Let me tell you a secret, actually, TWO….

    I am a teacher..and once I was a little boy! Who READ BOOKS and watched “cartoons” (animated TV series). So when you hear this:

    “Yeah, but it’s just a romance!” or “I don’t think the kids will notice! It’s just a children’s book.”

    RUN! Hang-Up the phone! Cancel the contract! Stamp NULL and VOID!

    Kids don’t want watered-down “smooshy, cutesy-wootsy” garbage. “If you write it, they will read.”

    “2. Learn to drive a plot with­out rely­ing on romance.” THANK YOU!!!
    If that’s all a writer (books, tv, movies, whatever) has in their bag, then they really don’t have anything. Life is so much more than “Valley Girls.”

    #4 I was going to comment on, but I can’t say it better than Lauren’s quote. (No, I’m not her press agent.)

    But #5. YES! Build your own universe! I suppose that immediately stamps me as a Doctor Who fan. Build it with love and care, or it will crash and burn. Back to C.S. Lewis: In “The Magician’s Nephew,” there were many alternate, non-parallel universes (Multiverse concept). The MLP staff has done a beautiful job of creating a unique and orderly world as scaffolding for experiencing emotional tensions and resolutions common to various situations that each of us face, AND…(breathe!)…summing up the life lesson at the end of each episode. Aesop would be proud.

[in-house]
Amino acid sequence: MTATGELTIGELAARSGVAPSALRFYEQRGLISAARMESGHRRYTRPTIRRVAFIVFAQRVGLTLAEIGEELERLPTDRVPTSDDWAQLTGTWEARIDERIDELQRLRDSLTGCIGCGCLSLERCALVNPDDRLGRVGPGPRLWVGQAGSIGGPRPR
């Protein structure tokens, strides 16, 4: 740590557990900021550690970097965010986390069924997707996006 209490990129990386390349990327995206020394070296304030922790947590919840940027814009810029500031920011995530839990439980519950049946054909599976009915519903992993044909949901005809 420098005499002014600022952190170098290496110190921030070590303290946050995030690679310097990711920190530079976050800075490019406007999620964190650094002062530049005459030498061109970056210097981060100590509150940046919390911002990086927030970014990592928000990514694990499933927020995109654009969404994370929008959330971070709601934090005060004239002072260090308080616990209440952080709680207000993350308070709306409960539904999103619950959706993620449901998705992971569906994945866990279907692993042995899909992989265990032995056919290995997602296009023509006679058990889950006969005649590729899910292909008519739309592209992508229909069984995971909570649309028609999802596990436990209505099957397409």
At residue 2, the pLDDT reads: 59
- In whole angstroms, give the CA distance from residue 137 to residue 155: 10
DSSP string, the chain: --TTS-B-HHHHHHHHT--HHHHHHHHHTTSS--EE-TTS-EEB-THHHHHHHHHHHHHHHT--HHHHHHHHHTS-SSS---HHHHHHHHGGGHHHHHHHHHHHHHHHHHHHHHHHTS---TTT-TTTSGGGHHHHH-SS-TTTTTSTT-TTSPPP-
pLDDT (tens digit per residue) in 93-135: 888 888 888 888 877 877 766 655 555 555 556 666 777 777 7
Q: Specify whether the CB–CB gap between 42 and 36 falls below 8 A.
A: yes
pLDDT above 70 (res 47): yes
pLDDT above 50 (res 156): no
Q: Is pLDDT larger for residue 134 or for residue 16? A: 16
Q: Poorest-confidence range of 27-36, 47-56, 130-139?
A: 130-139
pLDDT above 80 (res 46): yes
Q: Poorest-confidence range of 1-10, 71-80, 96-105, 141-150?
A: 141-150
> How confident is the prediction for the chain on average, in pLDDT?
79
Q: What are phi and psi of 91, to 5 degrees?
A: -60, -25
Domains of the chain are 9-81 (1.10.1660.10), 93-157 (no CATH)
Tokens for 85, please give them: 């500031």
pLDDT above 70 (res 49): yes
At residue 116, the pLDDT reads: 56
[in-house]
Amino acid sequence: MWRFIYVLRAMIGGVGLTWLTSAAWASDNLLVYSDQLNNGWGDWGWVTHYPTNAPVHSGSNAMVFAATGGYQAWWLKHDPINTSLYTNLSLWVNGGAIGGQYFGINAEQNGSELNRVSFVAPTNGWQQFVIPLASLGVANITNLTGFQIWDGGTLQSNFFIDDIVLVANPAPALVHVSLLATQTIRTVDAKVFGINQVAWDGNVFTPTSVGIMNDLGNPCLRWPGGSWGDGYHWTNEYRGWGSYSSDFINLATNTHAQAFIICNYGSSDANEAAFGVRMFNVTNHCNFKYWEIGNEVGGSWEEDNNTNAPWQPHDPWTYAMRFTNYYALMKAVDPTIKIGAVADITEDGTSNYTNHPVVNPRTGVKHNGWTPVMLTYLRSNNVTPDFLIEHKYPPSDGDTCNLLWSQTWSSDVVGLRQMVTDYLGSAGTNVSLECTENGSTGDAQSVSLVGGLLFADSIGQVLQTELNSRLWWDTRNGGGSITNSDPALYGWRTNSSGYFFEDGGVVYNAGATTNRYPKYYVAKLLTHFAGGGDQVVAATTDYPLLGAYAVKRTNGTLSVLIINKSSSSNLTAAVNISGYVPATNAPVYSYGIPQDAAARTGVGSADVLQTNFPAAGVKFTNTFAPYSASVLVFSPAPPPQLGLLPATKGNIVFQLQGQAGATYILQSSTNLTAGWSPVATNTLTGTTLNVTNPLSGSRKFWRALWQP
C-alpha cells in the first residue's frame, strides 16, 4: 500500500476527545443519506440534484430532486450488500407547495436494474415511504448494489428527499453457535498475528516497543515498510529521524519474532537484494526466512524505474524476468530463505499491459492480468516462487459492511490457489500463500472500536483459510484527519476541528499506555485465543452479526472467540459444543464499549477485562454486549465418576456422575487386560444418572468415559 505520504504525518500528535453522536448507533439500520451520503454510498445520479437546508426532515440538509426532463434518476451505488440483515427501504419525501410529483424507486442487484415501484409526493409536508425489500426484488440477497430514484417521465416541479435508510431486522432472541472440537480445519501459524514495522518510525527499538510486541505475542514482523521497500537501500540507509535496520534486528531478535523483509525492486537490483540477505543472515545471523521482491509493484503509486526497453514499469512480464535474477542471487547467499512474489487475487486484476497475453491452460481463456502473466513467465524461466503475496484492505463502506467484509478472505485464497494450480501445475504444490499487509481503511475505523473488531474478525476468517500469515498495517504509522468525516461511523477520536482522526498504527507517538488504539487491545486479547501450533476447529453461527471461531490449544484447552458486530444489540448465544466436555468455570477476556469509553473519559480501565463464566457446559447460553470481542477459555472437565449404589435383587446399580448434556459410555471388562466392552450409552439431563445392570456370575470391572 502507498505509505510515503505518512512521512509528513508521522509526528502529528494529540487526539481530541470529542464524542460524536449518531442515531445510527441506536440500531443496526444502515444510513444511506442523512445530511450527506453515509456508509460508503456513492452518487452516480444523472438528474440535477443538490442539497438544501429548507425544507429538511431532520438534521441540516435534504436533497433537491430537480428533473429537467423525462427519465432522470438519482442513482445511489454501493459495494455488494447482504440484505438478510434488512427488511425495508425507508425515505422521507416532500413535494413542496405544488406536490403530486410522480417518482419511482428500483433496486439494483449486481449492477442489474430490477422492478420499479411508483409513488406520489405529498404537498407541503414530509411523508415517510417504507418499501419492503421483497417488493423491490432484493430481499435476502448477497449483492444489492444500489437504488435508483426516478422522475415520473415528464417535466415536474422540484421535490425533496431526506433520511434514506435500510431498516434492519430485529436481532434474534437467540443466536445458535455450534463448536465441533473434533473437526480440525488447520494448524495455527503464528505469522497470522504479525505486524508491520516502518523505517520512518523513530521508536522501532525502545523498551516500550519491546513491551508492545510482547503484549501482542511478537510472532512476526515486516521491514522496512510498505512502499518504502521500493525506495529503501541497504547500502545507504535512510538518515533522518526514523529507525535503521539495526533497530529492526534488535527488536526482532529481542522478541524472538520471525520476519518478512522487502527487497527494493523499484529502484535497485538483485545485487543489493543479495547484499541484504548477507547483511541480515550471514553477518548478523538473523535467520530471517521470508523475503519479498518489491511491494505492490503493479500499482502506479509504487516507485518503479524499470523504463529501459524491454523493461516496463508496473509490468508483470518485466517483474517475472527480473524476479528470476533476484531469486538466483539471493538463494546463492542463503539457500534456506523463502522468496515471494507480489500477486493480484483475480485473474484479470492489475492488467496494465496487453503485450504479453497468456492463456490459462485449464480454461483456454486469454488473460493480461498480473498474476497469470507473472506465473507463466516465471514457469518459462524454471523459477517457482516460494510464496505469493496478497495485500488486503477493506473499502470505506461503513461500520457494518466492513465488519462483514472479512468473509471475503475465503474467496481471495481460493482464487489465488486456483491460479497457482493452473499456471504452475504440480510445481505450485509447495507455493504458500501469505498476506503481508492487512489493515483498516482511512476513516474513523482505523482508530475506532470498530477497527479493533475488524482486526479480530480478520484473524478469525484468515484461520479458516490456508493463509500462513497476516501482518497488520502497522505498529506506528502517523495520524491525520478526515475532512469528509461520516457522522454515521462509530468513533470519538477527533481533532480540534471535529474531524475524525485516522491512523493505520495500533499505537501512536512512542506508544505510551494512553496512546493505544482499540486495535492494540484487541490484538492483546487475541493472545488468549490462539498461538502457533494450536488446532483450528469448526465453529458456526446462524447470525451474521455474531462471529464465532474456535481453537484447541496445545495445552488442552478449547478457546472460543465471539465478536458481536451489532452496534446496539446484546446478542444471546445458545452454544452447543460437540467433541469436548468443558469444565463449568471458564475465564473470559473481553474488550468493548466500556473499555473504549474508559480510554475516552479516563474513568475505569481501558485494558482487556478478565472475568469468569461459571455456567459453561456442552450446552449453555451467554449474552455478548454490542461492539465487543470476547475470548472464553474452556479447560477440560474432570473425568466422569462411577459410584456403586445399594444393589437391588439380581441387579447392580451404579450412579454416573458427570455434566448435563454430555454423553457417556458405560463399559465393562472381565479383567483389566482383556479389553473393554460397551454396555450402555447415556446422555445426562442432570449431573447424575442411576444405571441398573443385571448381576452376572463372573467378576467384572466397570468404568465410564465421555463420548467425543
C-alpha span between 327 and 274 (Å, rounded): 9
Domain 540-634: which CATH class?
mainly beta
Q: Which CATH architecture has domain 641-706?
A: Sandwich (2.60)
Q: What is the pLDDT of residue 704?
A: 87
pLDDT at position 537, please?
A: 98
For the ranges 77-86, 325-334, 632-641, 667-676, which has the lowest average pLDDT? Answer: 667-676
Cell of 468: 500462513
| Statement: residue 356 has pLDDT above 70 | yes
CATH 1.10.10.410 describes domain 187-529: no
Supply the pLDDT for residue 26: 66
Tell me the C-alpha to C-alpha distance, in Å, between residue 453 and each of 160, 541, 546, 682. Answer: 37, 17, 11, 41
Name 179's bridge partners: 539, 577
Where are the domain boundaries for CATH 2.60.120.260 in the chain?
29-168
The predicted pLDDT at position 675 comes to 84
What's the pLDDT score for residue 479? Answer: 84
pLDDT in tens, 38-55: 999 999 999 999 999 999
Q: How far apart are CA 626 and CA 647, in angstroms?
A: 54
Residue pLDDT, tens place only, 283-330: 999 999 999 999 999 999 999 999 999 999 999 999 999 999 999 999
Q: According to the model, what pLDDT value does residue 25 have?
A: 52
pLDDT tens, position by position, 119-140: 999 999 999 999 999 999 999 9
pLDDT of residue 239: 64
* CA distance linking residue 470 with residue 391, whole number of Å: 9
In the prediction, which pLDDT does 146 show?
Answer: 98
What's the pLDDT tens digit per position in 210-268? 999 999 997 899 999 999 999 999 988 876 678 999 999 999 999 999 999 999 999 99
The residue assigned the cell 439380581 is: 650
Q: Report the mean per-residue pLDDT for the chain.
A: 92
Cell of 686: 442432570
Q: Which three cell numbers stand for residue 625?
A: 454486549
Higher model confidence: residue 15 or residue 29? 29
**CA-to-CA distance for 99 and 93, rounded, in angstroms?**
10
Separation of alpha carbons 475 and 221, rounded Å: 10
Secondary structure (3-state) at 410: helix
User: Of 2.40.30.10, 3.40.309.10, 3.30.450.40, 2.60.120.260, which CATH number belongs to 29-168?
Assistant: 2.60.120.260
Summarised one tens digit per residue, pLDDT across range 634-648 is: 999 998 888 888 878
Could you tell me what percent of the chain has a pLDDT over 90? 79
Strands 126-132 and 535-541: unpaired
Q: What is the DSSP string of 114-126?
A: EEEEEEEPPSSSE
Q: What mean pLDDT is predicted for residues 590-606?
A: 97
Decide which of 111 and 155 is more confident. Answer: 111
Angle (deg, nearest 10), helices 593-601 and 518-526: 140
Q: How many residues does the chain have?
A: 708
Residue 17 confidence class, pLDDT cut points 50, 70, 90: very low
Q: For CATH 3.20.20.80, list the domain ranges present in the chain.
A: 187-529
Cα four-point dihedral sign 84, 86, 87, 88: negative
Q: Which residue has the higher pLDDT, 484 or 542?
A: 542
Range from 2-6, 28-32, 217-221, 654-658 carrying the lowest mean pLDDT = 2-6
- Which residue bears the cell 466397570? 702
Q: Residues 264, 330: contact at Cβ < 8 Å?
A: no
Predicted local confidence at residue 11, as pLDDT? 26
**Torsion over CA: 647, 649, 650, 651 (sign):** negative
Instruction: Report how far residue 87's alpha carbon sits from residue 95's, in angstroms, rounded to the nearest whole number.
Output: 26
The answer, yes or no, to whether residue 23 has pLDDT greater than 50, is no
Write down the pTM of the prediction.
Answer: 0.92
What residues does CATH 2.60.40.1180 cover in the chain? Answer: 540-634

My daughter IS 50% Fluttershy, 50% Twilight. My wife is 50%/%50 Pinkie/Twilight. But although the shows focus is usually one or more the mane(sic) six, when you bring in all the other cast members you have someone or something that anyone can relate to and enjoy. IF they like a good story.

    “Good Grief,Charlie Brown! Are you going to analyze every show!?!?”

    No, but let’s just name a few episodes and one final element for closure (this is not a top ten list):

    1. “Friendship Is Magic” (“Mare in the Moon”)Episodes 1 and 2, obviously!
    2. “Winter Wrap-up”
    3. “Sister Hooves Social
    4. “It’s About Time”(!!! I mentioned Dr. Who!)
    5. “Read It and Weep”
    6. “Family Appreciation Day” (I have several “Grannie Smiths” in my family tree)
    7. “The Cutie Pox”
    8. “MMMystery on the Friendship Express” (with nods to Agatha Christie, Poirot and Holmes, and maybe Columbo, too.)
    9/10.”A Canterlot Wedding – Parts 1 and 2″

    FINALLY – The music. William Anderson and Daniel Ingram have been magic.